If your data is not going well with your hypothesis. This means there might either be a blunder in your research or some part is missing. You need to figure out that. It may not be an easy feat, but if it is achievable. You need to check whether your data is making sense or not? This can be so, because of a lack of understanding of what the data signifies or some confusion in data compilation. If your data is irrelevant it will indicate a lack of focus and you don’t want your work to exhibit incoherent understanding and lack of thought. Once you get the hang of it, it won’t be difficult for you to guess whether your dissertation is going on the right track or not.
It is important to find whether anybody did a similar dissertation or one close in proximity to your research. You should include their study to show the extent of credibility your case study has. This will not only allow you to learn to advance with your dissertation. Rather, it can also guide you to which kind of data you can include or which research method is more effective for a certain type of audience and why. It can help you be selective in a plethora of information.
Discussing your case study with the literature review is one tricky part. It can make or break your entire dissertation. While data collection is important on its own, bringing all the elements together, and giving your take on it is crucial to your research. So basically you need to compare the answers given by your target audience and your interpretation. Such so, that the results, even if; are slightly deviating from the desired response, can create an overall balance. Aiming for a perfect dissertation, you don’t need to include the details that align completely with your case study. For example in questionnaires, some answers may be in negation, others may be in affirmation. You don’t need to filter out the negative ones. Including mixed answers shows ‘real responses’ from the audience. While the former may indicate, there is something fishy about the dissertation.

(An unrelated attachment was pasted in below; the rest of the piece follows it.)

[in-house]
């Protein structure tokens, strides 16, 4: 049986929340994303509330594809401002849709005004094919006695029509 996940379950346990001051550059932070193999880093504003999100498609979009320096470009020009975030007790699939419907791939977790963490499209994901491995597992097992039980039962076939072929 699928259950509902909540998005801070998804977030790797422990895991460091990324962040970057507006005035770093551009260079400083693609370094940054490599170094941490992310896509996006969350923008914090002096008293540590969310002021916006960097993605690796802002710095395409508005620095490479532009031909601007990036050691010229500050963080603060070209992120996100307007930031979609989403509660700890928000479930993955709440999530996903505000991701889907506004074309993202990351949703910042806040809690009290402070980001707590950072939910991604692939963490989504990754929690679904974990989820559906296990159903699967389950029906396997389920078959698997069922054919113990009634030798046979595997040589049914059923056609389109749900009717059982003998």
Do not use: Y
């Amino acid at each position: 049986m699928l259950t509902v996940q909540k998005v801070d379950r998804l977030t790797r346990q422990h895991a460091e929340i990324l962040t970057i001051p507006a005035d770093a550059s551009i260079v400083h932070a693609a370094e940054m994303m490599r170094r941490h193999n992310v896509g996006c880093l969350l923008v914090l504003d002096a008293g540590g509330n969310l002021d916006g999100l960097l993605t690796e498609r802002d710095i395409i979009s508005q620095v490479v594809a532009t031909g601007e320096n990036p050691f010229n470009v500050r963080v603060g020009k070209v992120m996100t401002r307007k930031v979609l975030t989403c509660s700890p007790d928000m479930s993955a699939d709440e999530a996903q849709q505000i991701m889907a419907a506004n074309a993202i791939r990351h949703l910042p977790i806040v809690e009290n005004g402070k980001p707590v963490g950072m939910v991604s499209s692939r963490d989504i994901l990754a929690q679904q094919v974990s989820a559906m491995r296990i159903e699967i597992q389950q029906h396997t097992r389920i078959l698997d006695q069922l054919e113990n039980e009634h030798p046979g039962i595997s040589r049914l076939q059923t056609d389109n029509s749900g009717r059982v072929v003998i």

Appendix and Citations
While your data analysis chapter is getting too cluttered but you don’t want to cut down the data which took hours for you to collect. Don’t worry, if your data is relevant to your study yet is difficult to organize. You can simply move your datasheets, sample questionnaires, and transcripts of interviews and focus groups to an appendix. While including the most relevant snippets in the dissertation.
You CANNOT copy-paste someone’s work, that would be plagiarism. And believe me, when I say, people don’t like to get their work stolen. But what if that quote or piece of data is extremely relevant to your research? Can you still use it? Of course, you can. All you need to do is mention the reference in your Citations and you are good to go!
Now you don’t need to worry about your dissertation. Just apply these steps and you can easily proceed without wondering who can do my dissertation for me? The basic concept is to understand how all of this is inter-meshed and how you will move one step at a time. Once you get that, do a quick review, edit, and re-edit. A little tweak here and there and there you have it! One steamin’ dissertation for you right up!